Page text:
Neeraj Bhalla, senior consultant in cardiology at the B.L. Kapoor Memorial Hospital, said that as the blood’s viscosity increases with the drop in temperature, heart attacks and other coronary artery diseases increase during winter.

“Cholesterol levels fluctuate significantly with the change in season, which may leave people with
borderline high cholesterol with greater cardiovascular risk during the winter months. Apart from managing cholesterol levels, it is crucial that we keep small things in mind and do not stress the heart”, Bhalla said.

People staying in places where the seasons change very frequently are more prone to heart failures in comparison to those living in cold countries. Heart failure leads to most deaths in hypothermia – a condition in which the core temperature drops below the temperature for normal metabolism. Bhalla said to keep hypothermia at bay, it is advisable to cover yourself with layers of warm clothes. Besides this, it is advisable to take a bath only with warm water.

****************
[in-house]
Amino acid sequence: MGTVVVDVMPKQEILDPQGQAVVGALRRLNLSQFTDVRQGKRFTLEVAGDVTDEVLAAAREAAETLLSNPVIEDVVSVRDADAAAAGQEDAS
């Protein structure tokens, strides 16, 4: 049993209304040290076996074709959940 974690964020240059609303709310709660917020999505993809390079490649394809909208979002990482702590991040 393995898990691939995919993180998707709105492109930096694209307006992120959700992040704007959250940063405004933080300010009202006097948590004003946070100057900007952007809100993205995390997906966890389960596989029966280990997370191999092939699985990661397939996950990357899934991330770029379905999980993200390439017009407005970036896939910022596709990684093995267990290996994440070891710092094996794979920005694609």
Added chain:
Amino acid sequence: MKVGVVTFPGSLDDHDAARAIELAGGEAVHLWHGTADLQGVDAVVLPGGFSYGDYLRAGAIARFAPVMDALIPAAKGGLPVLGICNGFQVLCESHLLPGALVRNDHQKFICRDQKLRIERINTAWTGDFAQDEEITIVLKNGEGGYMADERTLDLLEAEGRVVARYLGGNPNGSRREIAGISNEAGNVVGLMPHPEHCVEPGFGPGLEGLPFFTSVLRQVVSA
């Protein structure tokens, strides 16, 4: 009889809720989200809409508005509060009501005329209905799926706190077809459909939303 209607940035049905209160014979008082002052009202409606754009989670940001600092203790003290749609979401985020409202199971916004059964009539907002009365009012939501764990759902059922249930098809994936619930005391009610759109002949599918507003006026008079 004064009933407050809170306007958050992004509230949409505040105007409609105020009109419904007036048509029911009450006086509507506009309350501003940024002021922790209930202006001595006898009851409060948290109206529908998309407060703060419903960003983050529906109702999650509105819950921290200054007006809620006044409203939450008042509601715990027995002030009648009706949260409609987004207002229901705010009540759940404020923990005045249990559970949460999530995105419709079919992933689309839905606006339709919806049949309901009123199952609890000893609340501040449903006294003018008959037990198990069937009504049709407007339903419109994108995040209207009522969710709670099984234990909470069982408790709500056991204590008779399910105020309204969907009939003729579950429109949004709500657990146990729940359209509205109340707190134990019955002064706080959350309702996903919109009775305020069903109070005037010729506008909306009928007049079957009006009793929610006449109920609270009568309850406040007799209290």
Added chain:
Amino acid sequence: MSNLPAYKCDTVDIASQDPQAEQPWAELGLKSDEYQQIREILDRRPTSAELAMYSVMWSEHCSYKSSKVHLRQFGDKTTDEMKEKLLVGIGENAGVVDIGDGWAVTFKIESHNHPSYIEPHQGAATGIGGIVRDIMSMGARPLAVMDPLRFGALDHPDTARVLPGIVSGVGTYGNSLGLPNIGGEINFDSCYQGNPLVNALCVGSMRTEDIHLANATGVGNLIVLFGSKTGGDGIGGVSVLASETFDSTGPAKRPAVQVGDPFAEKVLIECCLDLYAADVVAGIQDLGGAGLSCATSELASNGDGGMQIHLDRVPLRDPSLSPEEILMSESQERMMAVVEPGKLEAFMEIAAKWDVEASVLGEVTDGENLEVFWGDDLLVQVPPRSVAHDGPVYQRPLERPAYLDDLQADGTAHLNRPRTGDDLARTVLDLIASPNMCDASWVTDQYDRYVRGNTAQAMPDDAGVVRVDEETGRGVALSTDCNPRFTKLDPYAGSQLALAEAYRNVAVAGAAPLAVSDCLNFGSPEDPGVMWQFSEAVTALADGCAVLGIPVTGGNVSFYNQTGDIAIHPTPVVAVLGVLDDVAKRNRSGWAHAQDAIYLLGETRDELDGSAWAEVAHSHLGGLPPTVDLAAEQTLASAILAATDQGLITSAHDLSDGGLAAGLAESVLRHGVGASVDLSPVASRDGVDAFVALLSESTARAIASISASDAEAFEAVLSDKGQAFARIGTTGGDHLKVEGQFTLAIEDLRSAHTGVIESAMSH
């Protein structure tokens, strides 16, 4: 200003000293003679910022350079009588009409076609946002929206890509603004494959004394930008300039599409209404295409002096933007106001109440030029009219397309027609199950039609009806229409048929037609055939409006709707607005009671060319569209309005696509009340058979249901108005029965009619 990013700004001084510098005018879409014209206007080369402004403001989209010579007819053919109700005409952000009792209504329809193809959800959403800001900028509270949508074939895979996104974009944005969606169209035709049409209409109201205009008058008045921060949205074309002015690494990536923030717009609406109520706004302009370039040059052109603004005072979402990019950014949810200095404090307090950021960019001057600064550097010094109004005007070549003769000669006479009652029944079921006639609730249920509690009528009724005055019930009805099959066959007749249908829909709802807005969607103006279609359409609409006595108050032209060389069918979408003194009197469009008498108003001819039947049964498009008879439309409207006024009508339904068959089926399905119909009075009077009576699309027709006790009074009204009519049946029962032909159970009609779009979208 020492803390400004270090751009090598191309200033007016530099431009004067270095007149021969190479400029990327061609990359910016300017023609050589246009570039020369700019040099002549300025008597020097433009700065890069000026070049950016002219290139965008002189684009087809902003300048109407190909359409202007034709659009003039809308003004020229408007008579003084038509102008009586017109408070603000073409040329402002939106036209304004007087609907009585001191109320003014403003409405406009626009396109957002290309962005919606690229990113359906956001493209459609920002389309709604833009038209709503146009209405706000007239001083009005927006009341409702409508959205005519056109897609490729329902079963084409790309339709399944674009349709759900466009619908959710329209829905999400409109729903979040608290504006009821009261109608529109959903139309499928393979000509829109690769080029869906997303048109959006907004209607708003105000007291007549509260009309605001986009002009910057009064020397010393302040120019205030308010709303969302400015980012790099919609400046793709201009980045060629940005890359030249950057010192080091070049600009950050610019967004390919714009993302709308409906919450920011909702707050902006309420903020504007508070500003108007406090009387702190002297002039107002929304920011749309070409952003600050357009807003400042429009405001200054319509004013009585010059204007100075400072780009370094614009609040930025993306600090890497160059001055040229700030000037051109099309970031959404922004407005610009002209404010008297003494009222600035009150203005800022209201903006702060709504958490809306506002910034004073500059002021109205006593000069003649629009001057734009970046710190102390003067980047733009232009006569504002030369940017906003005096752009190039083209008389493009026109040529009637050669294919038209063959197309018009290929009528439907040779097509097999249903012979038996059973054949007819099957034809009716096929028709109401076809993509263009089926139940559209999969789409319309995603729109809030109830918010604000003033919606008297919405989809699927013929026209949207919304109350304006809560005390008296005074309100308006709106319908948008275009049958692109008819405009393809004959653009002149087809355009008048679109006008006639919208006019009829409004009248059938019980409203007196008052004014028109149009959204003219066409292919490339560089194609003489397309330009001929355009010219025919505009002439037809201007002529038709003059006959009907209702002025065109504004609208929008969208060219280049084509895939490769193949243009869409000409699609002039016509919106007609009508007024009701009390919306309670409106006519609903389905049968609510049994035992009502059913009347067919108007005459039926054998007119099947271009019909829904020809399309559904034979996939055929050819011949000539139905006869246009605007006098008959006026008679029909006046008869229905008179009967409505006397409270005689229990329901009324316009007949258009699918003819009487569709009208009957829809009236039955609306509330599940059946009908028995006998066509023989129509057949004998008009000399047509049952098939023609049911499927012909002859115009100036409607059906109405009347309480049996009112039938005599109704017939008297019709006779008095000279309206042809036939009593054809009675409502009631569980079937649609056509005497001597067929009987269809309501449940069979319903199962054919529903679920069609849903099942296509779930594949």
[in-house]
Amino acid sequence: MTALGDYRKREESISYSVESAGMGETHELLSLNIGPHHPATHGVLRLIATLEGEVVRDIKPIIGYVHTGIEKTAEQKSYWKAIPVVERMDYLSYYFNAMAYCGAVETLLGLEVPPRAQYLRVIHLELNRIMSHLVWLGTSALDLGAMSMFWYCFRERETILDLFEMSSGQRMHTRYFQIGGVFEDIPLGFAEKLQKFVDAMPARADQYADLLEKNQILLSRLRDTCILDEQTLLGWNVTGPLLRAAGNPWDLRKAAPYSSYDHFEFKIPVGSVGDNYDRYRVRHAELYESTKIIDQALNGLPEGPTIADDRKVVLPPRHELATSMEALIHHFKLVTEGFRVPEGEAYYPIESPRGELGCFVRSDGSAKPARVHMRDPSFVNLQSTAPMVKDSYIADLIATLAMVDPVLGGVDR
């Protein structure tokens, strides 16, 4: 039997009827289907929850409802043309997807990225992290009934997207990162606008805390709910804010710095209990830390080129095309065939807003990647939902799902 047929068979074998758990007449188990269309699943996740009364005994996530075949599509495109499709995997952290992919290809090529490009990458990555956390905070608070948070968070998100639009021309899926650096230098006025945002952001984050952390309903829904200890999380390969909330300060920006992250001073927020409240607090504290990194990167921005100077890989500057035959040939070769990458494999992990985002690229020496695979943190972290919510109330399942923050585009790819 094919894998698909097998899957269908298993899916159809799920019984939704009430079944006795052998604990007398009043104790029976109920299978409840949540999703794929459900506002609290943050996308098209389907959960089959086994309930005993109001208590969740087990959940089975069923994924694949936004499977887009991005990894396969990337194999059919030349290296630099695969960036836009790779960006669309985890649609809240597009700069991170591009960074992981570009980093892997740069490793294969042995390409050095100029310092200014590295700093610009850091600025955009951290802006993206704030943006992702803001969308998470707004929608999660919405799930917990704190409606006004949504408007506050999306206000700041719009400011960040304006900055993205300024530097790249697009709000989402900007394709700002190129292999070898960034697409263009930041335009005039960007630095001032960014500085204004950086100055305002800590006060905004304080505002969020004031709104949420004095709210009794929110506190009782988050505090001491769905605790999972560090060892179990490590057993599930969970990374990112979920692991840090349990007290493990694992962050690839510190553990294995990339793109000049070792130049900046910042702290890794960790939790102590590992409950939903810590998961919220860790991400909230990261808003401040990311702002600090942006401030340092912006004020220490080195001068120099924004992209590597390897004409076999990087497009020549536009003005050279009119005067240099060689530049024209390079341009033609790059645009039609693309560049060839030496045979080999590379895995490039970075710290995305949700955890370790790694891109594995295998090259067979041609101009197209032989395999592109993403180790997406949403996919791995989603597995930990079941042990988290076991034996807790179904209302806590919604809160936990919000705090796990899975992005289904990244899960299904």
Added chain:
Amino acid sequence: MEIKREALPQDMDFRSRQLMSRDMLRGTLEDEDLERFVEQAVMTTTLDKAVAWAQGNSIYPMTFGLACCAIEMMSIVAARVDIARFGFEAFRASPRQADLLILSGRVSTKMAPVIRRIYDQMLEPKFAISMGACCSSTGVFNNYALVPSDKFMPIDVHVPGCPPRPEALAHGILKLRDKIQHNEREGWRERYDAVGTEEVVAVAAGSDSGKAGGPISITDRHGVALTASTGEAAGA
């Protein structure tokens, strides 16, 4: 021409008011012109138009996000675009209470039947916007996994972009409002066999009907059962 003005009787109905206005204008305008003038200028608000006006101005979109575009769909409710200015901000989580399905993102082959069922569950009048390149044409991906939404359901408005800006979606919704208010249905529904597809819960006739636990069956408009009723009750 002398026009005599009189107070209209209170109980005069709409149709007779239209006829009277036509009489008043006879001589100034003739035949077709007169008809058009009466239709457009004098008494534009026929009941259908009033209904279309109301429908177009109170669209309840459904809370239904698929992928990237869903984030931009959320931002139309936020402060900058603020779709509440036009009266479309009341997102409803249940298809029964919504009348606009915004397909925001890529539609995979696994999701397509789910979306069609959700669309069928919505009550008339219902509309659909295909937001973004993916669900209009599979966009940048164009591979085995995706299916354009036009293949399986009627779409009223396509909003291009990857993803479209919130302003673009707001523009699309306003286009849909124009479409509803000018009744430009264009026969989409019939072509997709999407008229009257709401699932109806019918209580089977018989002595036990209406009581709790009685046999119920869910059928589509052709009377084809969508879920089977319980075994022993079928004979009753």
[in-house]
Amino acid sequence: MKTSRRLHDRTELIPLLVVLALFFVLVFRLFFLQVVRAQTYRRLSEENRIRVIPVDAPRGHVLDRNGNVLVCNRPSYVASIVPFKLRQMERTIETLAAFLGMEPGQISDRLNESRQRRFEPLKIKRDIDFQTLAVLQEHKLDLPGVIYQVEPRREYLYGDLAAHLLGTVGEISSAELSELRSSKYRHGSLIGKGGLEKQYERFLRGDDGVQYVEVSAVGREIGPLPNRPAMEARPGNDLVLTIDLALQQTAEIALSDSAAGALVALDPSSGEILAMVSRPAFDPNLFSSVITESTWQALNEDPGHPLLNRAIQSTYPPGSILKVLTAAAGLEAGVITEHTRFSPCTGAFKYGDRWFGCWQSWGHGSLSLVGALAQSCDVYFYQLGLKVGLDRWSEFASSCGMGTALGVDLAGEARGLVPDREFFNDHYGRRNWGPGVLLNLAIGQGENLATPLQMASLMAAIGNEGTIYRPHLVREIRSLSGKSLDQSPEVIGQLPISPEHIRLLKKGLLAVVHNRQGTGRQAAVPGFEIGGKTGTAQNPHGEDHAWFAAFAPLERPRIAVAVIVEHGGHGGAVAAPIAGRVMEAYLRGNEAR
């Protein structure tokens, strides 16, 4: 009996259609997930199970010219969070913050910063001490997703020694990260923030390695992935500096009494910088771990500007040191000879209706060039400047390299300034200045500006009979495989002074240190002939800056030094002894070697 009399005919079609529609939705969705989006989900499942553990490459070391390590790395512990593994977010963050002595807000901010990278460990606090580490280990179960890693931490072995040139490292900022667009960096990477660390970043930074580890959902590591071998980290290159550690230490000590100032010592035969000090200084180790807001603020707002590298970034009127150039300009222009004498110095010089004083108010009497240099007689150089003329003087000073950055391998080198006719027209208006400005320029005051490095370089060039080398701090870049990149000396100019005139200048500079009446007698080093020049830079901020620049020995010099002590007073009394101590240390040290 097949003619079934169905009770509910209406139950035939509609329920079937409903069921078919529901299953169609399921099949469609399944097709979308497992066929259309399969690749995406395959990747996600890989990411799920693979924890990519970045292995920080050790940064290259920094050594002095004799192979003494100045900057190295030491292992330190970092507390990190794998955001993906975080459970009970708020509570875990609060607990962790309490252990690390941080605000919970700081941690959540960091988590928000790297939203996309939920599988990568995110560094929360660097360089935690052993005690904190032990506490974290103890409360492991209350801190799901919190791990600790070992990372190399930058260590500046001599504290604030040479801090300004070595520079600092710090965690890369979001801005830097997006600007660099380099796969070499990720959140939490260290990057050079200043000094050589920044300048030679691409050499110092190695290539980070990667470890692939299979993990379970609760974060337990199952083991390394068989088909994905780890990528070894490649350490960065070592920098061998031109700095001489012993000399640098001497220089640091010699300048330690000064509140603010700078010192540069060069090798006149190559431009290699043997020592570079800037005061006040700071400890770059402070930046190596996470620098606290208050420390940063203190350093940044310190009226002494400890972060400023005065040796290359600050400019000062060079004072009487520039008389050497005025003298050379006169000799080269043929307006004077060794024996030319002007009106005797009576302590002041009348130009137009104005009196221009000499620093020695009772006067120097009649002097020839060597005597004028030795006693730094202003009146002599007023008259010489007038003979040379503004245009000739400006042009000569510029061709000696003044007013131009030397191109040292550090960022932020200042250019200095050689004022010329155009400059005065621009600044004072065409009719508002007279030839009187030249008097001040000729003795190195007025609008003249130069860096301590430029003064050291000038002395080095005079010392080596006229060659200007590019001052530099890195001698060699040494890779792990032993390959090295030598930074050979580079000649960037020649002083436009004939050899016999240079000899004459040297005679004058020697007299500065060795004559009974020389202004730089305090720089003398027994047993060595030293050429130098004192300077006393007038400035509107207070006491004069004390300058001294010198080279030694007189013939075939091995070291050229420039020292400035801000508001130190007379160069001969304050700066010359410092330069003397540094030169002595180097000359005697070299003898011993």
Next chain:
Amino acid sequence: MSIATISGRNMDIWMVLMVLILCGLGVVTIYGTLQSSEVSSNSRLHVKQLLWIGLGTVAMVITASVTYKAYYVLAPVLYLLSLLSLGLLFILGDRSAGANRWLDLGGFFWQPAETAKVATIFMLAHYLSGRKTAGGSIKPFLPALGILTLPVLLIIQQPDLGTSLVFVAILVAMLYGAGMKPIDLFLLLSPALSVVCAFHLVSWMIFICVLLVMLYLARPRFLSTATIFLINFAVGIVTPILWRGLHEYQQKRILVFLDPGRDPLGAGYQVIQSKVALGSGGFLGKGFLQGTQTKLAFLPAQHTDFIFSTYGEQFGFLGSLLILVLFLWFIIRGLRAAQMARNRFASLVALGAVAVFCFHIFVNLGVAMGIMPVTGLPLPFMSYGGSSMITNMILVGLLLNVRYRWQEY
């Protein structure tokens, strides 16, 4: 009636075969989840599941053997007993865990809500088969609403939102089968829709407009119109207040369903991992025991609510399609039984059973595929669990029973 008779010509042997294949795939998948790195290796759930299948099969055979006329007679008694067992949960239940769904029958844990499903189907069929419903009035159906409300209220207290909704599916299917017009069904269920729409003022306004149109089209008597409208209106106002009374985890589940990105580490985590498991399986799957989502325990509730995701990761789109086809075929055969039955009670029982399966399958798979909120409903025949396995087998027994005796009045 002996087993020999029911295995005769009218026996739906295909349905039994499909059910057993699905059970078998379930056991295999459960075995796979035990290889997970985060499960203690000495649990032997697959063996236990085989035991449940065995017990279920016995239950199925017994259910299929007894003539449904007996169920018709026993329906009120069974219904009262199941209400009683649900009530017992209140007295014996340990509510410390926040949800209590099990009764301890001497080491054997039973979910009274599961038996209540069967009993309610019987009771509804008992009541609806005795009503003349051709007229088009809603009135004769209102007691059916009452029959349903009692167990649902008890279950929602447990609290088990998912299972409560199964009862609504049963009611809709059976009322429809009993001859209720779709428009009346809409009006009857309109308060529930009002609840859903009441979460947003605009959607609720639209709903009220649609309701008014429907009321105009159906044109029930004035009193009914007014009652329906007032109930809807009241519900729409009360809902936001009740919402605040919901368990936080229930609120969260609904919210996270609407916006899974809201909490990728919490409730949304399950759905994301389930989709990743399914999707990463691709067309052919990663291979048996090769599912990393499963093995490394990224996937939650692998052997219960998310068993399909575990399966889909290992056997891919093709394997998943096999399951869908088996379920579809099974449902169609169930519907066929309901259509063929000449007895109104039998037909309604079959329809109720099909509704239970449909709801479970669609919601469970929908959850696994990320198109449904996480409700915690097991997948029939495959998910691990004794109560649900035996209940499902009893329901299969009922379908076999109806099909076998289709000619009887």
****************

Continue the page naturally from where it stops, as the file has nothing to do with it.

Alcohol should be avoided to keep body warm during winters.

Chandan Kedawat, senior consultant cardiology at the Pushpawati Singhania Research Institute, said: “In cold weather, the heart demands more oxygen because it is working harder.” Studies have shown that heart attacks and complications related to heart disease occur more frequently in the morning hours.

Research suggests that the early-morning rise in blood pressure or “a.m. surge” that occurs in most people may dramatically increase the risk of a heart attack or stroke. “In the winter, people tend to exert themselves or do more work in the morning because it gets dark earlier,” Kedawat said.

“This shift of activities to morning hours adds to the normal circadian variation (cardiac variations that recur every 24 hours) in the mornings – further increasing the heart rate, blood pressure and the hormones that lower the threshold for a cardiovascular event,” he explained. He advises that the best way to prevent such situations for people above 30 is to go for an alternate day check up to the doctors. IANS